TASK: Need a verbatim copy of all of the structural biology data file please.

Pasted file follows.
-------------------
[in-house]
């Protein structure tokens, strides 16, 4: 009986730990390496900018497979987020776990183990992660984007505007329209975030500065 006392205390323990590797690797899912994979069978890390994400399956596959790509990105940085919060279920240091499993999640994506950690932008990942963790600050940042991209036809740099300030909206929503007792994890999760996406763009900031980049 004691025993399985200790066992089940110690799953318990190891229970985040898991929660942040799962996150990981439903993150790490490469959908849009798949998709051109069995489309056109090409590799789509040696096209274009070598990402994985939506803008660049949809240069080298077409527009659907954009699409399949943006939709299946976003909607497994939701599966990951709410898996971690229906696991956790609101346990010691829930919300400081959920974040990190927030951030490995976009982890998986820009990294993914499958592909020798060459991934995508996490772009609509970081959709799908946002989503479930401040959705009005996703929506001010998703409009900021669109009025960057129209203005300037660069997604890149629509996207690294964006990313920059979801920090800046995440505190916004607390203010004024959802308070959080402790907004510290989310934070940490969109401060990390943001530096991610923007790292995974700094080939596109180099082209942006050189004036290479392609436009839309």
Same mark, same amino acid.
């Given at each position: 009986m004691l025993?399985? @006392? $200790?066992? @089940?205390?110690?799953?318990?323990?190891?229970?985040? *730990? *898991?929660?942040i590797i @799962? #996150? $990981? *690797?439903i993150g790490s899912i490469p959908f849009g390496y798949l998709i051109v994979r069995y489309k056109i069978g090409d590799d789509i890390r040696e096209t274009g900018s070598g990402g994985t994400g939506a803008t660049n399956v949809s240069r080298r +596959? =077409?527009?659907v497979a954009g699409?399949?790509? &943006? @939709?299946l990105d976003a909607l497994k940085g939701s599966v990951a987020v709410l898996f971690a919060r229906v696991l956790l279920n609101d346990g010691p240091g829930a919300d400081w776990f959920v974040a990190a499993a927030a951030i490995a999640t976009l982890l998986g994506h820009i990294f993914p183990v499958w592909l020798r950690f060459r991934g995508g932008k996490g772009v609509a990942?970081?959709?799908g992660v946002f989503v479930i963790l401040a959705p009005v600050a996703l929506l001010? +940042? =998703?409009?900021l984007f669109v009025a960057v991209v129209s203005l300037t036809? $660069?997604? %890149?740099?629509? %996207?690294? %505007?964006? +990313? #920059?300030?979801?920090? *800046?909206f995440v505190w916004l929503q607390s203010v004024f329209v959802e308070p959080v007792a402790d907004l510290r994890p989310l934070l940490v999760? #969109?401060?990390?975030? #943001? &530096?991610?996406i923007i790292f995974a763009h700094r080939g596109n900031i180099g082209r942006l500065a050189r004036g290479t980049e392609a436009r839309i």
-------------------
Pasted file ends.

[in-house]
């Protein structure tokens, strides 16, 4: 009986730990390496900018497979987020776990183990992660984007505007329209975030500065 006392205390323990590797690797899912994979069978890390994400399956596959790509990105940085919060279920240091499993999640994506950690932008990942963790600050940042991209036809740099300030909206929503007792994890999760996406763009900031980049 004691025993399985200790066992089940110690799953318990190891229970985040898991929660942040799962996150990981439903993150790490490469959908849009798949998709051109069995489309056109090409590799789509040696096209274009070598990402994985939506803008660049949809240069080298077409527009659907954009699409399949943006939709299946976003909607497994939701599966990951709410898996971690229906696991956790609101346990010691829930919300400081959920974040990190927030951030490995976009982890998986820009990294993914499958592909020798060459991934995508996490772009609509970081959709799908946002989503479930401040959705009005996703929506001010998703409009900021669109009025960057129209203005300037660069997604890149629509996207690294964006990313920059979801920090800046995440505190916004607390203010004024959802308070959080402790907004510290989310934070940490969109401060990390943001530096991610923007790292995974700094080939596109180099082209942006050189004036290479392609436009839309």
Same mark, same amino acid.
């Given at each position: 009986m004691l025993?399985? @006392? $200790?066992? @089940?205390?110690?799953?318990?323990?190891?229970?985040? *730990? *898991?929660?942040i590797i @799962? #996150? $990981? *690797?439903i993150g790490s899912i490469p959908f849009g390496y798949l998709i051109v994979r069995y489309k056109i069978g090409d590799d789509i890390r040696e096209t274009g900018s070598g990402g994985t994400g939506a803008t660049n399956v949809s240069r080298r +596959? =077409?527009?659907v497979a954009g699409?399949?790509? &943006? @939709?299946l990105d976003a909607l497994k940085g939701s599966v990951a987020v709410l898996f971690a919060r229906v696991l956790l279920n609101d346990g010691p240091g829930a919300d400081w776990f959920v974040a990190a499993a927030a951030i490995a999640t976009l982890l998986g994506h820009i990294f993914p183990v499958w592909l020798r950690f060459r991934g995508g932008k996490g772009v609509a990942?970081?959709?799908g992660v946002f989503v479930i963790l401040a959705p009005v600050a996703l929506l001010? +940042? =998703?409009?900021l984007f669109v009025a960057v991209v129209s203005l300037t036809? $660069?997604? %890149?740099?629509? %996207?690294? %505007?964006? +990313? #920059?300030?979801?920090? *800046?909206f995440v505190w916004l929503q607390s203010v004024f329209v959802e308070p959080v007792a402790d907004l510290r994890p989310l934070l940490v999760? #969109?401060?990390?975030? #943001? &530096?991610?996406i923007i790292f995974a763009h700094r080939g596109n900031i180099g082209r942006l500065a050189r004036g290479t980049e392609a436009r839309i």